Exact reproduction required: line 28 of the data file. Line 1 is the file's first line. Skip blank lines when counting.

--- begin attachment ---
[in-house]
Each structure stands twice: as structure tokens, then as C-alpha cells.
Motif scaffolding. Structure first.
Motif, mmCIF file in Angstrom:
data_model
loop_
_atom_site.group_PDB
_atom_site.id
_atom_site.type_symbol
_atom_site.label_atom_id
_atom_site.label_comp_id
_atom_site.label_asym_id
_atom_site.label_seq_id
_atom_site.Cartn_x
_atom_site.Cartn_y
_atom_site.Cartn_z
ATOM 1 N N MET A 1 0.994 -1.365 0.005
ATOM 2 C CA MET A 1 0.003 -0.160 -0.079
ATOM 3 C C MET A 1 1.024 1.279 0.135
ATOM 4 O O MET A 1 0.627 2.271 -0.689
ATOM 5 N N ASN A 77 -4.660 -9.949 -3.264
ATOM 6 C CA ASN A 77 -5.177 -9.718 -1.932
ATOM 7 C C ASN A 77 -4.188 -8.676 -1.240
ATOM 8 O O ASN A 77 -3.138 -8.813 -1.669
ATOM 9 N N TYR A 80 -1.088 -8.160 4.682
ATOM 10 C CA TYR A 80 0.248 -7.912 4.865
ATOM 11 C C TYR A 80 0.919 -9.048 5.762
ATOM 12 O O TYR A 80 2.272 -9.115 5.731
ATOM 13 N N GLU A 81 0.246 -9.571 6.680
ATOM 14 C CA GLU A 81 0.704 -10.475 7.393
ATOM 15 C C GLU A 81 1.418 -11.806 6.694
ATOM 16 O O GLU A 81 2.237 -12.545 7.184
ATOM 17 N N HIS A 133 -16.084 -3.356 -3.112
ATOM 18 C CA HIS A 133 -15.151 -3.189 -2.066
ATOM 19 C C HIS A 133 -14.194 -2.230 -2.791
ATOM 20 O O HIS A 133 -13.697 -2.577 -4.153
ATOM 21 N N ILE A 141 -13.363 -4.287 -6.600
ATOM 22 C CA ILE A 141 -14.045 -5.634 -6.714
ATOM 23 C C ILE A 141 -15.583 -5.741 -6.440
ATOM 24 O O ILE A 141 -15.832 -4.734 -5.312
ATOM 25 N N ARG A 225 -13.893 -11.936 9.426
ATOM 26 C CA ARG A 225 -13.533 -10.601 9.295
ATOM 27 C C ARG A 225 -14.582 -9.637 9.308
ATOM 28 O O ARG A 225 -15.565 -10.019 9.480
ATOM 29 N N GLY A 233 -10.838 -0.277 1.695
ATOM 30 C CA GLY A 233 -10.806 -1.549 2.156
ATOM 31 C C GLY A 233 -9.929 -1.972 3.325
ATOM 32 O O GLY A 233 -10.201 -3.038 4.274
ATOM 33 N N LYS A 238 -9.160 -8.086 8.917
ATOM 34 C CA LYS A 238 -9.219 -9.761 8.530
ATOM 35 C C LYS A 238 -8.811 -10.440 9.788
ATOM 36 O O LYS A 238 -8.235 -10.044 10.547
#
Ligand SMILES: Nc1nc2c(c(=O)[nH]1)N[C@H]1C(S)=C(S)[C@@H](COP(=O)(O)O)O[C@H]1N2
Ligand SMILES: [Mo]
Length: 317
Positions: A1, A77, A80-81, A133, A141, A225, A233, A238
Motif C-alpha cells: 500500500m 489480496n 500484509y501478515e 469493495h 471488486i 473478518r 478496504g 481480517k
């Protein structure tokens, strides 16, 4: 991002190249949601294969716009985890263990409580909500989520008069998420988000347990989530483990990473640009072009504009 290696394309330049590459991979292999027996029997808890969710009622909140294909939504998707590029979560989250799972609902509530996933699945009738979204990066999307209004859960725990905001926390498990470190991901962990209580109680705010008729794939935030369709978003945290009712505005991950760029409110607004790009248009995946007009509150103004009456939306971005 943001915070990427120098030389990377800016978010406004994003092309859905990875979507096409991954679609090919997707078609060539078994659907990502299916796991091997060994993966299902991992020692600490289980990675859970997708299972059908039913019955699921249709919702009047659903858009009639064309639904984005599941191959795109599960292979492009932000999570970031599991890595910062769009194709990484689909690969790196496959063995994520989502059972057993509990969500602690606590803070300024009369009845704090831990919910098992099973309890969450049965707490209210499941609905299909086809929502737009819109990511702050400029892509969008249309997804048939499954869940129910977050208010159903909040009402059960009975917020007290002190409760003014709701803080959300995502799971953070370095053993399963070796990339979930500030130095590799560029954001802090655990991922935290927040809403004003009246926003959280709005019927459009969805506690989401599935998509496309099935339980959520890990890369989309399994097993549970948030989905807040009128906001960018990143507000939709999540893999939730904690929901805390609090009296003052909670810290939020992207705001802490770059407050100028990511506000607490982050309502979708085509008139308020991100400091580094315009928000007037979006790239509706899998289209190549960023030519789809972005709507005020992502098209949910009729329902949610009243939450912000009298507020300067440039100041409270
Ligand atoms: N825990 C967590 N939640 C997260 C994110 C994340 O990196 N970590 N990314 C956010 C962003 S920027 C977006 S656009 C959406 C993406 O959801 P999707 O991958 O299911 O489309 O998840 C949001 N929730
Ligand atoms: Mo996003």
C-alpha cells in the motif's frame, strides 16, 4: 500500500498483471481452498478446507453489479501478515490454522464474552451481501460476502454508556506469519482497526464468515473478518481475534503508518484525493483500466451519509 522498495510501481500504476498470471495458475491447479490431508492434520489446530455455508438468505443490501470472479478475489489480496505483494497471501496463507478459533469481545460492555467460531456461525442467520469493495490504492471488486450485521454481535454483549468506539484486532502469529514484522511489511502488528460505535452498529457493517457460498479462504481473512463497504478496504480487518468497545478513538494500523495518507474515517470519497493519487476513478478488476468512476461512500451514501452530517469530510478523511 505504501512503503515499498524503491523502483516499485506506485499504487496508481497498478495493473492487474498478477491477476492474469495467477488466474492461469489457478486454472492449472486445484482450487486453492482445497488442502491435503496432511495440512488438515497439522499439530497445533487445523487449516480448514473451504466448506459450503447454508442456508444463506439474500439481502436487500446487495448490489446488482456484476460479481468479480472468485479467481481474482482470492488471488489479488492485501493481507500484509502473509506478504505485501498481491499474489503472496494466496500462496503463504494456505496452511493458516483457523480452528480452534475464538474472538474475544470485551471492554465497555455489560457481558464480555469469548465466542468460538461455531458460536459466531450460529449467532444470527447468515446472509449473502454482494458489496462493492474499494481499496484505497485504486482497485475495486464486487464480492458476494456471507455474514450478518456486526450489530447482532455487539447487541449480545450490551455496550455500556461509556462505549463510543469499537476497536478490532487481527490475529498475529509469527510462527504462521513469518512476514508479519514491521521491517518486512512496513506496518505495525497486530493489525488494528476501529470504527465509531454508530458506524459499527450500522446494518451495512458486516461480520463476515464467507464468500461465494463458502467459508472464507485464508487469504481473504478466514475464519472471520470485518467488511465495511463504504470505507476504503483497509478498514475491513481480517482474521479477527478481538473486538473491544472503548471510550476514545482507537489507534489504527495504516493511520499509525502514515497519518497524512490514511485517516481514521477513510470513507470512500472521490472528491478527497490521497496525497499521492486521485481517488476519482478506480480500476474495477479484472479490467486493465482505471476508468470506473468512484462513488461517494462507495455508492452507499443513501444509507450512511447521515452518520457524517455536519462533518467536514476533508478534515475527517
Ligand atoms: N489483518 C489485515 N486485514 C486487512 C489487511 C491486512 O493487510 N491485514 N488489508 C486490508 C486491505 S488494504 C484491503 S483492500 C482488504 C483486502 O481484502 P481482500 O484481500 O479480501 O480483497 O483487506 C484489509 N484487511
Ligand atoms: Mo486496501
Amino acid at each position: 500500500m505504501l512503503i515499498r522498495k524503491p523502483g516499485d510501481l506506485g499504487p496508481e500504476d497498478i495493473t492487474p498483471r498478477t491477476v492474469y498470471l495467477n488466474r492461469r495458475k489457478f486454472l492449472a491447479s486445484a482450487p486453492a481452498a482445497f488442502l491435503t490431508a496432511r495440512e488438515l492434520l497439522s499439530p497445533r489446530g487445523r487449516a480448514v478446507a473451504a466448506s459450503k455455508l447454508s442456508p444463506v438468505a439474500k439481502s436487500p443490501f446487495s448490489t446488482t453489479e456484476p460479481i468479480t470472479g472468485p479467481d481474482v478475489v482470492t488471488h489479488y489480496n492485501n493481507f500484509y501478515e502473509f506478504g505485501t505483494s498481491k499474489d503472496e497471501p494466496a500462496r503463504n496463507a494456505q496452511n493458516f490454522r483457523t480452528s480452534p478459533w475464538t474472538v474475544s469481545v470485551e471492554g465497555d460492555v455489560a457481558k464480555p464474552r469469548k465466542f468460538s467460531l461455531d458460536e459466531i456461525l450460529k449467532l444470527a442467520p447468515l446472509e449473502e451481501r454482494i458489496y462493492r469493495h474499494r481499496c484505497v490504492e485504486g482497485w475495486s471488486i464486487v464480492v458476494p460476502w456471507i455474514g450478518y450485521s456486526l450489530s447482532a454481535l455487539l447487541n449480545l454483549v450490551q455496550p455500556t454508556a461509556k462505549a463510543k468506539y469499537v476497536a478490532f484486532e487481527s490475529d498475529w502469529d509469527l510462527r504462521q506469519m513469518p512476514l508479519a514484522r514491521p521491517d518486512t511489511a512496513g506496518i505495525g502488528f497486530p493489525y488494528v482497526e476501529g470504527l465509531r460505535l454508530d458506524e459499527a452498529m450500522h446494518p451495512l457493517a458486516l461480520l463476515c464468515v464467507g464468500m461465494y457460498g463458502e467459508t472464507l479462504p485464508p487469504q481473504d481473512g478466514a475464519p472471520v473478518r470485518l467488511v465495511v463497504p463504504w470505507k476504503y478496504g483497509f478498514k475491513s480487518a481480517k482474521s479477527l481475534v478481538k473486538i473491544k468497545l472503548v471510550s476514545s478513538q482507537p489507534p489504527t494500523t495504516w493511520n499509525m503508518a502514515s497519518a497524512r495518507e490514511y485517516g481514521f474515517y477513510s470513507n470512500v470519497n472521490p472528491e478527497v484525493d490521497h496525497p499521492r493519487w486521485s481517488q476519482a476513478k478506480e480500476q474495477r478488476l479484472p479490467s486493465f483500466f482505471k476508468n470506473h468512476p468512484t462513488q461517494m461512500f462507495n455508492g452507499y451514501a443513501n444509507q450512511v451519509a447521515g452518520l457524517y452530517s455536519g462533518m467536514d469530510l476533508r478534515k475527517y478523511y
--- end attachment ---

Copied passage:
ATOM 12 O O TYR A 80 2.272 -9.115 5.731